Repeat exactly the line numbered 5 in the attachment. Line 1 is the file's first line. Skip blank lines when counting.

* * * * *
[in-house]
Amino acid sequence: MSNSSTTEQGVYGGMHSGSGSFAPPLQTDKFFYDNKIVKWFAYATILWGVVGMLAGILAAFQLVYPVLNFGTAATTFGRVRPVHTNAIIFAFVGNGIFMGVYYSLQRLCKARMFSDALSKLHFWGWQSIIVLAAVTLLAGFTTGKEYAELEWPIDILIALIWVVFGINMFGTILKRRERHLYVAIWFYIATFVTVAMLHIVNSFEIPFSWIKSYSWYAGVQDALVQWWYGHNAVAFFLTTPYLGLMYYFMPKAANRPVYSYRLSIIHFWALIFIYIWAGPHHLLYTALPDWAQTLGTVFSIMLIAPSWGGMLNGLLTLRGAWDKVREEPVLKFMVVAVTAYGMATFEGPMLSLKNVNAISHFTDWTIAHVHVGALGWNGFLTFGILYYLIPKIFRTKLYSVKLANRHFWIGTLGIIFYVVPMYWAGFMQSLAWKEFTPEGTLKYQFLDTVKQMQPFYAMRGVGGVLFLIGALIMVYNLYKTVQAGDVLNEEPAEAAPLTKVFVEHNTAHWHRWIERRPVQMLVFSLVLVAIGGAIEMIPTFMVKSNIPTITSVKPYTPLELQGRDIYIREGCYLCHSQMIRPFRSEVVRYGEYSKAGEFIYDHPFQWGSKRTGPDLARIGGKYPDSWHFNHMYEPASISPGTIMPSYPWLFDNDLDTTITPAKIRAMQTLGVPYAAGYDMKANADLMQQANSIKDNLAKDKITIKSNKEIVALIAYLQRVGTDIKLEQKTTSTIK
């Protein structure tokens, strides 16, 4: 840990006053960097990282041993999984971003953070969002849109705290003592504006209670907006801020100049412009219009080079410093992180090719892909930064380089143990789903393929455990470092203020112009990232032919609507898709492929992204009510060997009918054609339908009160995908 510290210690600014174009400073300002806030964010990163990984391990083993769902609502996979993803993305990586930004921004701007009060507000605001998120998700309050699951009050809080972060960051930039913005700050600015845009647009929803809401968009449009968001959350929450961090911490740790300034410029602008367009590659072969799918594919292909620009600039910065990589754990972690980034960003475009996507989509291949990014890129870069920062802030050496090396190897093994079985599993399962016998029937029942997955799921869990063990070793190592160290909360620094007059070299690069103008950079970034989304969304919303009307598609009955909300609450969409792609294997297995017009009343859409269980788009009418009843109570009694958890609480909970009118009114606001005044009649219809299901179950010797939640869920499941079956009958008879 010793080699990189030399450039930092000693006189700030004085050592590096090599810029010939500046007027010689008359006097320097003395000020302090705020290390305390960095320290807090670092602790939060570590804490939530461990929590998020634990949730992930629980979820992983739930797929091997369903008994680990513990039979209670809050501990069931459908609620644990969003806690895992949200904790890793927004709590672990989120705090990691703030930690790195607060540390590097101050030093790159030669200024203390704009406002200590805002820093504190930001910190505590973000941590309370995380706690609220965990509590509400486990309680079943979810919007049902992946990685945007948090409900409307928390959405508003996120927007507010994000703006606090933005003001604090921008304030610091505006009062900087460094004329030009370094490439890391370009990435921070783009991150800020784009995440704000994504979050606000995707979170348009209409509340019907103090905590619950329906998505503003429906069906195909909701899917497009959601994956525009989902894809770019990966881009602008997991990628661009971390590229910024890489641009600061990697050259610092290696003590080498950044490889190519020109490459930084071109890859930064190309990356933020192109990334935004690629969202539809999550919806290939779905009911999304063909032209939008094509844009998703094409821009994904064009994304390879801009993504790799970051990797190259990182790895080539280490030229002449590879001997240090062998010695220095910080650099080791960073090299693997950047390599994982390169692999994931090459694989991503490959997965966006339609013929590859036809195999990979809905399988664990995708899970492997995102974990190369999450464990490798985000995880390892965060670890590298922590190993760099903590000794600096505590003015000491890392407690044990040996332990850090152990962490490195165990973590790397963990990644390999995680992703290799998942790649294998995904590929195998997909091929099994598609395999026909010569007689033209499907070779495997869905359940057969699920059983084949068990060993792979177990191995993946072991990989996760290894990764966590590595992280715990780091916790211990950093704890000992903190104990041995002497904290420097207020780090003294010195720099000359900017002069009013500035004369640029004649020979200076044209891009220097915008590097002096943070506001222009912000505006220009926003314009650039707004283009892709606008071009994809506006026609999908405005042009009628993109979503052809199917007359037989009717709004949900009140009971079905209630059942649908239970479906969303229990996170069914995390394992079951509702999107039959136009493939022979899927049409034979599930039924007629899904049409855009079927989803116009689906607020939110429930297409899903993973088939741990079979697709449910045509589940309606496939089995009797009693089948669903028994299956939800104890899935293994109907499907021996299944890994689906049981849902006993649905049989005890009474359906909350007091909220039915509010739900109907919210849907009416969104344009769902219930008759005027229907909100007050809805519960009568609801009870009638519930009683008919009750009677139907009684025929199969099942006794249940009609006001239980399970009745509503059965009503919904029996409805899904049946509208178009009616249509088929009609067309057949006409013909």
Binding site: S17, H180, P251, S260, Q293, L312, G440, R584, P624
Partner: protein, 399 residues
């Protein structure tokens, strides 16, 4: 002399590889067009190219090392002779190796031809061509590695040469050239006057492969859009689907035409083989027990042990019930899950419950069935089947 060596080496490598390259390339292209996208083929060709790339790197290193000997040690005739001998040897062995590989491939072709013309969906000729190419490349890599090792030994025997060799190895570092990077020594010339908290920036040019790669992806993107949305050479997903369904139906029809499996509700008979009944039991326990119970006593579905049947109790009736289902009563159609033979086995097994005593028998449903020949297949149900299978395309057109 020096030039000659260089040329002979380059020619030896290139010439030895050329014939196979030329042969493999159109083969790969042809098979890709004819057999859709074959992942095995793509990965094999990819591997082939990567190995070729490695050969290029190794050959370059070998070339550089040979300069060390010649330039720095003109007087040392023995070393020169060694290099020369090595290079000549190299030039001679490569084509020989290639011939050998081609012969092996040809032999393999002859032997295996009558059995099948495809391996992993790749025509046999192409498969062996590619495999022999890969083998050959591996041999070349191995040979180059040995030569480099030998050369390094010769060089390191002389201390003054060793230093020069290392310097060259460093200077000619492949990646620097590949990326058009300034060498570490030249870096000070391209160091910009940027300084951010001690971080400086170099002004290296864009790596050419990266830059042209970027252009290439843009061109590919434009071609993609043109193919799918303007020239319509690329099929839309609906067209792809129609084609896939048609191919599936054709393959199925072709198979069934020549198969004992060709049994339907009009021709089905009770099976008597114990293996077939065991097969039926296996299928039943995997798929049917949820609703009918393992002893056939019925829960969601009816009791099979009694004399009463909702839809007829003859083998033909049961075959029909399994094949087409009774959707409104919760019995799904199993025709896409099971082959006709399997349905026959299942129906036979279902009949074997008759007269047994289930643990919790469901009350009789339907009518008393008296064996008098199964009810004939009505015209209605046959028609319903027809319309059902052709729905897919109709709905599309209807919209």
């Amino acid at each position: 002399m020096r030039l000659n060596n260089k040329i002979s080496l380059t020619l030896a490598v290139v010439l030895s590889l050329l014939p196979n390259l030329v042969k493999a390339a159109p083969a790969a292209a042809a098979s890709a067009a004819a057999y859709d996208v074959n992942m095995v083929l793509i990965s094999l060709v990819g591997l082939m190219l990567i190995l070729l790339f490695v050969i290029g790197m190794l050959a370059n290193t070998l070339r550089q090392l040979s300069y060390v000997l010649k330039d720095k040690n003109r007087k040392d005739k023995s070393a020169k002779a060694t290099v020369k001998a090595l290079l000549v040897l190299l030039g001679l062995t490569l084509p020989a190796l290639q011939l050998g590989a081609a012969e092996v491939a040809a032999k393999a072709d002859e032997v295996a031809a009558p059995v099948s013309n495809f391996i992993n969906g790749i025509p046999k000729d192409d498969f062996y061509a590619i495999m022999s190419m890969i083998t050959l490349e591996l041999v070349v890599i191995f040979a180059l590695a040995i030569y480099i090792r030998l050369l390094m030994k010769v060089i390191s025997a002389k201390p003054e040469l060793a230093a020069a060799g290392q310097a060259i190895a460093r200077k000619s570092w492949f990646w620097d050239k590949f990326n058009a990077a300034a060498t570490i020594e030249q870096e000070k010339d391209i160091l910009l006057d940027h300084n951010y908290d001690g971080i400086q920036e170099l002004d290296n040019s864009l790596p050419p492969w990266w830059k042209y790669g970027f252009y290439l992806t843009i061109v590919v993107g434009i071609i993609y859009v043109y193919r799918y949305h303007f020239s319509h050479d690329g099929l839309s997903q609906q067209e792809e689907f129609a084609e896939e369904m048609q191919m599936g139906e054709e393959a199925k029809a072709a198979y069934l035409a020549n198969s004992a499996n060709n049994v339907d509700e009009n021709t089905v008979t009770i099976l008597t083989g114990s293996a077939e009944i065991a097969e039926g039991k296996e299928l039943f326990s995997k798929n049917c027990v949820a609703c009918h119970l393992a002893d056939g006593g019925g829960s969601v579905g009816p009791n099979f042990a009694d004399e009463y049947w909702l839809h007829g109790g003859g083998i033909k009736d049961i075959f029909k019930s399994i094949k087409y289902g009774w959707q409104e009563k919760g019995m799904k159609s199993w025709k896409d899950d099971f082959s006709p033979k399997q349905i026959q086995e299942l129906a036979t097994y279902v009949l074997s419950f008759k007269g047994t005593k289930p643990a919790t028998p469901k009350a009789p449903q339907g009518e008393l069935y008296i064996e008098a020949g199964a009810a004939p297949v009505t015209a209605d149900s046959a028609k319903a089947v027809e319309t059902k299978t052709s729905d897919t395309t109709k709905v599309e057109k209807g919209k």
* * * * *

Partner: protein, 399 residues